Several minutes before the start of the Boston University-Northeastern hockey game Friday night at Agganis Arena, Jack Parker walked through the crowded concourse above the rink named for him.
It seemed that with every single step, someone stopped him to say hello, congratulate him, or just shake his hand.
The legendary Terriers coach, who stepped down last March after 40 years behind the bench, hadn’t yet had his No. 6 raised to the rafters. That would come during the first-period intermission, but it was obvious from the affection of the fan base that the man is revered.
And why not?
His accomplishments during his run include three NCAA championships (1978, 1995, and 2009), 11 conference titles, and 21 Beanpot crowns.
Parker won the Spencer Penrose Award given to the NCAA Division 1 coach of the year three times and retired with 897 victories, third all-time among Division 1 coaches and the most at the same institution. He holds the record for NCAA Tournament appearances with 24.
Defenseman Kevin Shattenkirk became the latest Terrier coached by Parker to represent his country at the Olympics, bringing that number to 24.
Parker became just the second hockey Terrier to have his number retired.
The first was Travis Roy, whose No. 24 was raised in the fall of 1999. Roy was in attendance Friday night, as were many of Parker’s former players and staffers.
Parker said it was ironic his number was retired because he was against numbers being retired, with the exception of Roy’s.
“We never retired any numbers at BU because I thought it was great for somebody else to wear [another great player’s] number,’’ said Parker, who wore No. 6 because of his affection for former Celtics great Bill Russell. “So it’s going against my rule to have it done.’’
Parker said his number wasn’t being retired because he was a great player at BU.
“I really think the reason I kept my job so long was because we had great players,’’ he said. “The only reason why we had so many great players is we had so many great assistant coaches here. Players make programs and I was blessed to have a lot of great players here. I know that’s the reason why I’m standing here. It’s really something special for me to have my number retired with Travis Roy.’’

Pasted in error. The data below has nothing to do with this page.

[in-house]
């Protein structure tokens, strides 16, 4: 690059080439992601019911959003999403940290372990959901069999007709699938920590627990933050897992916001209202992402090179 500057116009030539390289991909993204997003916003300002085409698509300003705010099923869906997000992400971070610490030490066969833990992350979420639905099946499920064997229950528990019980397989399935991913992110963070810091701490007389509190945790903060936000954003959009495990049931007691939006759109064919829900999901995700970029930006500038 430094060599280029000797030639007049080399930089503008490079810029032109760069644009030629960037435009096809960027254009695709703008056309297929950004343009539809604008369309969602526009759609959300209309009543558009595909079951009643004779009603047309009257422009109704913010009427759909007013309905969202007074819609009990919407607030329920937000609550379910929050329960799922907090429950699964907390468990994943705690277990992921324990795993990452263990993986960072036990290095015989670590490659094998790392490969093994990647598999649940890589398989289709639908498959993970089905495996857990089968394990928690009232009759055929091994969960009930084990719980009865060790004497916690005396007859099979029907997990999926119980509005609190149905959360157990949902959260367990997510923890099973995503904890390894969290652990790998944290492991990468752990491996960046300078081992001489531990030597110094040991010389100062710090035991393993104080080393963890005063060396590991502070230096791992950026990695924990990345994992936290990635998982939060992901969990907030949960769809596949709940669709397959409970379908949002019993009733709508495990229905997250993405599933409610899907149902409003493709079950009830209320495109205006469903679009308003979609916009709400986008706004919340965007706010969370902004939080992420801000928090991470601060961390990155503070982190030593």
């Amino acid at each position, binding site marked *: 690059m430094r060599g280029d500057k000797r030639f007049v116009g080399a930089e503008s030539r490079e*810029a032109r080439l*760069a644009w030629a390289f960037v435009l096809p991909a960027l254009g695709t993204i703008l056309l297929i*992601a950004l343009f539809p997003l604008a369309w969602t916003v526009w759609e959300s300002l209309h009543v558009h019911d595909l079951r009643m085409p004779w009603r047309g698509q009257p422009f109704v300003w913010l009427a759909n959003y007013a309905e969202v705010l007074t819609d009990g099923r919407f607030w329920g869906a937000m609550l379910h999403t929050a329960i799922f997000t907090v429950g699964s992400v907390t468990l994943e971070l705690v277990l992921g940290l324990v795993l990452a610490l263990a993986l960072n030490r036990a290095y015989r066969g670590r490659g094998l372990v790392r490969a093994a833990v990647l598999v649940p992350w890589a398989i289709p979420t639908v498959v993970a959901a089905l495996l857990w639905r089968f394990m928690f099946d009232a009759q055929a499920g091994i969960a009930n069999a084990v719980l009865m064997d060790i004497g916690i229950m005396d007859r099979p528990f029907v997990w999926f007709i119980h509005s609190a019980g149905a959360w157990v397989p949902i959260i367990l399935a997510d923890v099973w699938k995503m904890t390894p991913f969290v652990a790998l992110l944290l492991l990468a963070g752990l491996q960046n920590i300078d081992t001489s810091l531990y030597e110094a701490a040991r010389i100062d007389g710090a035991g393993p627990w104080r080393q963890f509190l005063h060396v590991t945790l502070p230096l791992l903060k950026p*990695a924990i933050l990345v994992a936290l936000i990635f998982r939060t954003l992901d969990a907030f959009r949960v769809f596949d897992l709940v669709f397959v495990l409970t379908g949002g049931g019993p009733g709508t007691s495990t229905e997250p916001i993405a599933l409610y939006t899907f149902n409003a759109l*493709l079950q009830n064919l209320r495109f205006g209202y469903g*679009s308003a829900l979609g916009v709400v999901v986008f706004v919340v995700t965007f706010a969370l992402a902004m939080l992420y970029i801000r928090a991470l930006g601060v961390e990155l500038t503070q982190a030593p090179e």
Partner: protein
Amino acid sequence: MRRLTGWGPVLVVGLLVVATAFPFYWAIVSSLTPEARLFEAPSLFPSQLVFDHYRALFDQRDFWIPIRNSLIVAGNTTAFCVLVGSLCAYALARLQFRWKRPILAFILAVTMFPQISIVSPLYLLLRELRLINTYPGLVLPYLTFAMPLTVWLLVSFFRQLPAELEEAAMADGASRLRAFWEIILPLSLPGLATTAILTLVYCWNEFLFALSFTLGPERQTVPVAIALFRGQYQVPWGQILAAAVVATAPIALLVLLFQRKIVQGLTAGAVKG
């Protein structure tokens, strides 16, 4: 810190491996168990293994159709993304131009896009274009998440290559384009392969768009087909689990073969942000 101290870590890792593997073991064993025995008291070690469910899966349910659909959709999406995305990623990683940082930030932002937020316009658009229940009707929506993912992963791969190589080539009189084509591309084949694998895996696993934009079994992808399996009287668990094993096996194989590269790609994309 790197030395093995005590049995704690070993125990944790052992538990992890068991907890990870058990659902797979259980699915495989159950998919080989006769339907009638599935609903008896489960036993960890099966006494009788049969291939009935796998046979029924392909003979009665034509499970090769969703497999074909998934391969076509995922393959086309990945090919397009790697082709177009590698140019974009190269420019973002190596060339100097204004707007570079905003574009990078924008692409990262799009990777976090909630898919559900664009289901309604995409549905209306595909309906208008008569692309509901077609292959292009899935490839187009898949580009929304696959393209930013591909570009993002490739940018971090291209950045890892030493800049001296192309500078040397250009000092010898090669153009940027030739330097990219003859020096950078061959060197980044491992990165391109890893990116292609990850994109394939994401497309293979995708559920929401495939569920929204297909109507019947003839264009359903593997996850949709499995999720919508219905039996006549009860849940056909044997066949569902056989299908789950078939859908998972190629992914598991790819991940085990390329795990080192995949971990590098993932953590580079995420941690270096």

Parker said Roy’s spinal cord injury, suffered during his first collegiate shift, was the worst thing to happen during his tenure
“The best thing that ever happened to me was the way the BU community and the hockey community reacted to the injury to Travis Roy,’’ said Parker. “It’s amazing how it worked out and how proud he has made us of him.’’
As far as retirement, Parker said it’s actually been easier than he thought.
“I turned the page pretty quickly,’’ he said. “I’m real close with [current coach] David Quinn obviously but I’m not around for him too much. I don’t want to be looking over his shoulder. We have a great relationship. I come to the games with my grandchildren. I’ve been away a lot. I did a few things for BU on road trips. I’ve also had a chance to take some winter vacations, which I’ve never had a chance to do before. I’ve gotten into skiing a little bit. I just started taking lessons. I’m really happy the program is in good hands with David. I think it will jump back from this year very quickly.’’
The night ended as festively as it started with BU (9-20-4) earning a 4-1 win over the No. 9 Huskies (18-11-4) in front of 5,577. Freshman Kevin Duane’s goal at 10:59 of the first period ended the Terriers’ shutout streak at 183 minutes, 19 seconds, the longest in program history. The victory was all the more impressive given that BU dressed just nine forwards and six defensemen because of four suspensions — Jake Moscatel, Mike Moran, Matt Lane and Nick Roberto.